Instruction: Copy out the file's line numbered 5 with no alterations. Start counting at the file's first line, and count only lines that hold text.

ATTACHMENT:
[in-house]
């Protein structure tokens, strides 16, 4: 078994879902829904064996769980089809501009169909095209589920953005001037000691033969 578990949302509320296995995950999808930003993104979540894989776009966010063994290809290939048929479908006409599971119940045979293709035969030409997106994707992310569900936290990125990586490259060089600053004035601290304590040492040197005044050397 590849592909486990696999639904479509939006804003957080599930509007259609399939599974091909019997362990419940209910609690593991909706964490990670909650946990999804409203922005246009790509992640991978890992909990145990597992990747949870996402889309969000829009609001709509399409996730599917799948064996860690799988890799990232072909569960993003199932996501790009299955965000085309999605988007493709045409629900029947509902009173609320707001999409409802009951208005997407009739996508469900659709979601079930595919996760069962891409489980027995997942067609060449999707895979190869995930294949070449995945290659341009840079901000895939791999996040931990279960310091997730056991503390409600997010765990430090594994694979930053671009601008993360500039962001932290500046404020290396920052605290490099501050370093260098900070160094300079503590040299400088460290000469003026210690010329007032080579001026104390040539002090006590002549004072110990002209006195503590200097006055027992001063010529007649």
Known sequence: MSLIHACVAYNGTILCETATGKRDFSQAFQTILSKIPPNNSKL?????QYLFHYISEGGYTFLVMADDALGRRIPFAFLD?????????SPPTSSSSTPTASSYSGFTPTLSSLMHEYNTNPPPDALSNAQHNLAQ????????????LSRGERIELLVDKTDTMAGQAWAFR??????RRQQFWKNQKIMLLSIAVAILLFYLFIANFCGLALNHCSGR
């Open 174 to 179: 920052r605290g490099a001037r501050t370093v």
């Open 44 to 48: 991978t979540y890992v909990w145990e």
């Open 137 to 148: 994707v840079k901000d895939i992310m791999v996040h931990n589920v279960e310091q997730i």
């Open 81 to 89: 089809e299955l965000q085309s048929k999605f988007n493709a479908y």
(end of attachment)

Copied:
């Open 44 to 48: 991978t979540y890992v909990w145990e």